But the key to the field visit was the input of a number of locals connected with the land, including King County Forester Kristi McClelland, President of the Middle Fork Outdoor Recreation Coalition Mark Boyar, Issaquah’s Ken Konigsmark, and Hillside Community School student Amy Spens.

With an eye to the future, the comments of teenagers like Spens are crucial to developing a great outdoors plan that will be relevant to generations to come.

Spens, who has volunteered with Mountains to Sound Greenway, said that even popular and successful groups like the Greenway could do a better job of reaching out to younger people.

“I know the Greenway has a facebook page, for example, but they don’t really advertise it very well,” she said. “Even though there are always lots of students at the volunteer events, there is probably something that could make the events more teen friendly.”

With the stunning Snoqualmie Point vista as her backdrop, Spens said the wilderness areas along the I-90 corridor, and the Greenway’s program of involving volunteers with their preservation, were irreplaceable resources.

“The Greenway is far more than just a collection of land,” she said. “It lets us blow off steam, loosen up, and get back to our roots. It satisfies that desire to work with your hands and see the tangible, physical product like a turnpike or a field of newly-planted trees, and it offers an escape from the daily grind. The world is picking up speed like a runaway freight train, but the Greenway helps us to see the bigger picture by giving us a way to give back.”

The importance of encouraging young people to take an interest in the outdoors is a message not lost on local schools, the City of Issaquah, or groups like the Foothills Branch of the Mountaineers. Foothills Branch Chair Fran Troje said the group was ramping up its efforts to reach out to young children, by targeting young parents.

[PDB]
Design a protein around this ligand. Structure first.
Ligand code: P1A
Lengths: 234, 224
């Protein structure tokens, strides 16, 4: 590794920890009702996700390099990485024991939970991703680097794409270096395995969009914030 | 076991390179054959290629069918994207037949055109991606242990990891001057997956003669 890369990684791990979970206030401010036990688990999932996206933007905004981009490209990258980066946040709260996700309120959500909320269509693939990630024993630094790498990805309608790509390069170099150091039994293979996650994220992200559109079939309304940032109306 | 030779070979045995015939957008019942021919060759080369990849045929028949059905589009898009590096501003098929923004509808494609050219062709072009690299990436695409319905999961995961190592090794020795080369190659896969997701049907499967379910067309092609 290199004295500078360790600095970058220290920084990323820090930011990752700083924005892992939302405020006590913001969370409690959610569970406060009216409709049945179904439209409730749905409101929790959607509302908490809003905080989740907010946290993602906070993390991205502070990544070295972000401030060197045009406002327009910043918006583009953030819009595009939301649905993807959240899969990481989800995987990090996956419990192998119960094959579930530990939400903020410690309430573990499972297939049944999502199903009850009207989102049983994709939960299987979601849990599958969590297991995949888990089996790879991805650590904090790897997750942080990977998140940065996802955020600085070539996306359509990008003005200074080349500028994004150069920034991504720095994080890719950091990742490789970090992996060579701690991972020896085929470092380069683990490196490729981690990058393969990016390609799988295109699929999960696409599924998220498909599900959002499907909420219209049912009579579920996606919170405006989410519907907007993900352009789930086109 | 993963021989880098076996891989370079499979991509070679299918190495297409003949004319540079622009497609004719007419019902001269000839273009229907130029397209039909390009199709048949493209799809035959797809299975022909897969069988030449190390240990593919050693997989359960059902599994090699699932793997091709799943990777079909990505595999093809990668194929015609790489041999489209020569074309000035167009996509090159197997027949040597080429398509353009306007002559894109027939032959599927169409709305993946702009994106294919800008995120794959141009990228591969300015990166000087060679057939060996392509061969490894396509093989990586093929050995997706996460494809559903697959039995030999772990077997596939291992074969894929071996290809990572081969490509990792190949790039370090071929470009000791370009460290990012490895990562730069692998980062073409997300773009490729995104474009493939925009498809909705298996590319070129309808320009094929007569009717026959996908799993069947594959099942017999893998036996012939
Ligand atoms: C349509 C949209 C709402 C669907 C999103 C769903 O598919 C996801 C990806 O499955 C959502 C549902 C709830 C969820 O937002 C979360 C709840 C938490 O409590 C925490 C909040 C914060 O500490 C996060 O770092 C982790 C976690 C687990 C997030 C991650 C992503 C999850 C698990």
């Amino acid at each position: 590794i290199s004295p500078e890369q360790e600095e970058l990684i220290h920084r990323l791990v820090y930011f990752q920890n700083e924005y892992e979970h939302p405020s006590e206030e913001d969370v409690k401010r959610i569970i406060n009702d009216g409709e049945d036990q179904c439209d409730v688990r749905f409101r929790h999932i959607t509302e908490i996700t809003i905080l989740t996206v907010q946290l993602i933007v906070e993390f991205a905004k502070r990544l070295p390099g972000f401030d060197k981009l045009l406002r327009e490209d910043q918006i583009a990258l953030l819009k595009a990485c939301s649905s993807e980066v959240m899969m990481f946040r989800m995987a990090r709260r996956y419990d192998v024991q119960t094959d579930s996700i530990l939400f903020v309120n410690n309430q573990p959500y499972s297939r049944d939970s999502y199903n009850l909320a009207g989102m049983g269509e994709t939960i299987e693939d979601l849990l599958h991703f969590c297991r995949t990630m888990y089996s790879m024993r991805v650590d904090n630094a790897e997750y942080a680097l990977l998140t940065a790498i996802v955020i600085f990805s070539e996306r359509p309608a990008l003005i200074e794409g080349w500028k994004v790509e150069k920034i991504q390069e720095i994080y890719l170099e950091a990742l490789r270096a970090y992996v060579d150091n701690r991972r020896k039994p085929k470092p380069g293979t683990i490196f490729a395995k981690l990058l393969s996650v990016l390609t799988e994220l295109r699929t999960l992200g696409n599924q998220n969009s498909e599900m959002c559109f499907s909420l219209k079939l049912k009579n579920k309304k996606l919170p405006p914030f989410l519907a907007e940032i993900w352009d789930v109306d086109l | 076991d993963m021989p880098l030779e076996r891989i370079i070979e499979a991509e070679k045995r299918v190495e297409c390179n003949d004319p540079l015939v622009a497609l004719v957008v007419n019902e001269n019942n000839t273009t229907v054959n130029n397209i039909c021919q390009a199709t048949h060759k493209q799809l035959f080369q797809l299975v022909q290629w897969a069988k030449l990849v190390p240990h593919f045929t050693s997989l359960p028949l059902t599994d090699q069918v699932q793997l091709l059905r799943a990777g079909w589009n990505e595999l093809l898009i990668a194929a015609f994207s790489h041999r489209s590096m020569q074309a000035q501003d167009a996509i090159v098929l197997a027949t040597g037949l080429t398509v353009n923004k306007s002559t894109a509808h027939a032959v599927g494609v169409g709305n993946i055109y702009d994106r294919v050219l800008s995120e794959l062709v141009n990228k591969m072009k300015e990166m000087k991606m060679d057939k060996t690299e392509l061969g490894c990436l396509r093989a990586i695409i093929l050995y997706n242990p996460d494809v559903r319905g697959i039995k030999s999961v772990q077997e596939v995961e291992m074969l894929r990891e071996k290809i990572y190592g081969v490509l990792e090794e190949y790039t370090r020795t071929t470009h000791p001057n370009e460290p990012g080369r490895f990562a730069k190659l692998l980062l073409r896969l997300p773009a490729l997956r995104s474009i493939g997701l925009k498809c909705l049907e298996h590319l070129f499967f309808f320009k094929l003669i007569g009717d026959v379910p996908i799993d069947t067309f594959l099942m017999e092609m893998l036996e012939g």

“By providing all-season outdoor recreation opportunities to the parents of the next generation, the joys of being outside will be passed on as these children participate in shared adventures,” she said, adding the branch was planning to add a number of youth components.

“Exposing youngsters to the importance of stewardship of our natural places instills in them an early desire to be part of those that protect the wildlife, waterways, forests, and the natural environment,” she said.

With how to connect urban teens with outdoor activities one of President Obama’s priorities, that evening the AGO team held a listening session at Franklin High School in Seattle.

A key message of the AGO visit was that wilderness areas like this do not happen by accident.

Ken Konigsmark, a member of the Central Issaquah Plan Task Force and the Mountains to Sound Greenway Trust Board of Directors, said the ability of the Greenway to build relationships in the name of land acquisition and conservation had an enormous impact on the state.